Two recent studies tested whether personal distress, attitudes toward counseling, social support, and self-concealment predicted the likelihood that psychology undergraduates would seek psychological help.
The present study reanalyzed the data from these investigations using path modeling.
By evaluating direct and indirect effects, results supported the following hypothesized model across both samples :
Individuals are more likely to seek counseling when distress is high and attitudes toward counseling are positive ;
distress is higher when social support networks are impaired and individuals conceal personally distressing information from others ;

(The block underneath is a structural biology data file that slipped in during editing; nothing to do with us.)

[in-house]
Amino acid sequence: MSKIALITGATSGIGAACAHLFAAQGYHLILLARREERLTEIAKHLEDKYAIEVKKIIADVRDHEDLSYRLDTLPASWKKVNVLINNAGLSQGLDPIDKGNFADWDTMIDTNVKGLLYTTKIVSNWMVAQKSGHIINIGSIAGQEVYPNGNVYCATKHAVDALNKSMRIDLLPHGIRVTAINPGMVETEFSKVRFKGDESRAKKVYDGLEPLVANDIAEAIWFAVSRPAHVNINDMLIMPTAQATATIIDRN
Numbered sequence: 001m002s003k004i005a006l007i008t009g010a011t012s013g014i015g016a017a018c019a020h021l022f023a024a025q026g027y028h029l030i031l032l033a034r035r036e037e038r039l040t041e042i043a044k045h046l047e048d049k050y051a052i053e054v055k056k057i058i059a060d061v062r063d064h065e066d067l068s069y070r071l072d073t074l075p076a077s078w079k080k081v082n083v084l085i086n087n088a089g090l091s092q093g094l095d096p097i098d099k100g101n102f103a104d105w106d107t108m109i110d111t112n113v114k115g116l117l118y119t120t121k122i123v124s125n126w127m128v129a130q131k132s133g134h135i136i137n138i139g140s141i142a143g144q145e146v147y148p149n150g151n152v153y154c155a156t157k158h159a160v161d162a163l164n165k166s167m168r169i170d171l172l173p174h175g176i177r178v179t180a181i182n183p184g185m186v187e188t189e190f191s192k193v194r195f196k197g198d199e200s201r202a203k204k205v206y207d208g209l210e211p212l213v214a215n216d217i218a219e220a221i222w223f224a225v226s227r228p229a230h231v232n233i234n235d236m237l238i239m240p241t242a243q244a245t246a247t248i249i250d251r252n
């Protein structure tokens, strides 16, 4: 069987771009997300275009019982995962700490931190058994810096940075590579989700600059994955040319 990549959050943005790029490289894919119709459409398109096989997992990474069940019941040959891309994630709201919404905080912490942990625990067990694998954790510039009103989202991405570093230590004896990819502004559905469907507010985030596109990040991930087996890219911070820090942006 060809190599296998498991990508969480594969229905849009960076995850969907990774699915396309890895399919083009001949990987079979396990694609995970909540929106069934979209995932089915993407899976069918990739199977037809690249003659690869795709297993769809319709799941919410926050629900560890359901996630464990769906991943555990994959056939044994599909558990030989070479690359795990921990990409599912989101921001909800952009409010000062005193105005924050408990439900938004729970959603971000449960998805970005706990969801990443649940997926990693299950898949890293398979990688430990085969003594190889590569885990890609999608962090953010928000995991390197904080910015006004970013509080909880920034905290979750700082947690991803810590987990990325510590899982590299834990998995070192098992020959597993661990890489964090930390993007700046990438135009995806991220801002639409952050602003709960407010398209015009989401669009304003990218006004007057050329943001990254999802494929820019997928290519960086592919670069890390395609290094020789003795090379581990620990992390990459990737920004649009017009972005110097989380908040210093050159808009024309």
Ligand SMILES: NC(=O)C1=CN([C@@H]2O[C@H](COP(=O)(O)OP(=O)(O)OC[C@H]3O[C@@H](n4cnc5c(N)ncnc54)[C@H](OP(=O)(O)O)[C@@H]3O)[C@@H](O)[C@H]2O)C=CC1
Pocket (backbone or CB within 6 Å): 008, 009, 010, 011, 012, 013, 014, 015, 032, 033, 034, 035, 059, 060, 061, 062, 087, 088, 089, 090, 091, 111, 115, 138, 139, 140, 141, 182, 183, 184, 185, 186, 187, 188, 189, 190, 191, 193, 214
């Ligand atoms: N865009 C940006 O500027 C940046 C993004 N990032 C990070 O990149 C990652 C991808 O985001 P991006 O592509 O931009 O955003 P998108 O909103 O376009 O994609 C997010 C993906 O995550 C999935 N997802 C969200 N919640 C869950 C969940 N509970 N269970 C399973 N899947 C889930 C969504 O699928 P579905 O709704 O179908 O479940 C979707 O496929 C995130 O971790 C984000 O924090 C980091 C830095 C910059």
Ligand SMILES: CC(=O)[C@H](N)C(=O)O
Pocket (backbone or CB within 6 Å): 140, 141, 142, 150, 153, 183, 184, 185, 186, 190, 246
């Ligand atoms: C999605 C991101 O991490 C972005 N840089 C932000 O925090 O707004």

and individuals who conceal information often have negative attitudes toward counseling and impaired social support networks.
A direct path from self-concealment to help seeking provided a substantially better fit in only 1 sample.
Overall, self-concealment is more important in the intensification rather than relief of psychological difficulties.
Mots-clés Pascal : Recherche aide, Utilisation, Service santé, Santé mentale, Antécédent, Personnalité, Support social, Etats Unis, Amérique du Nord, Amérique, Homme
Mots-clés Pascal anglais : Help seeking, Use, Health service, Mental health, Antecedent, Personality, Social support, United States, North America, America, Human
Notice produite par :
Inist-CNRS - Institut de l'Information Scientifique et Technique
Cote : 99-0374268
Code Inist : 002B18H05B. Création : 22/03/2000.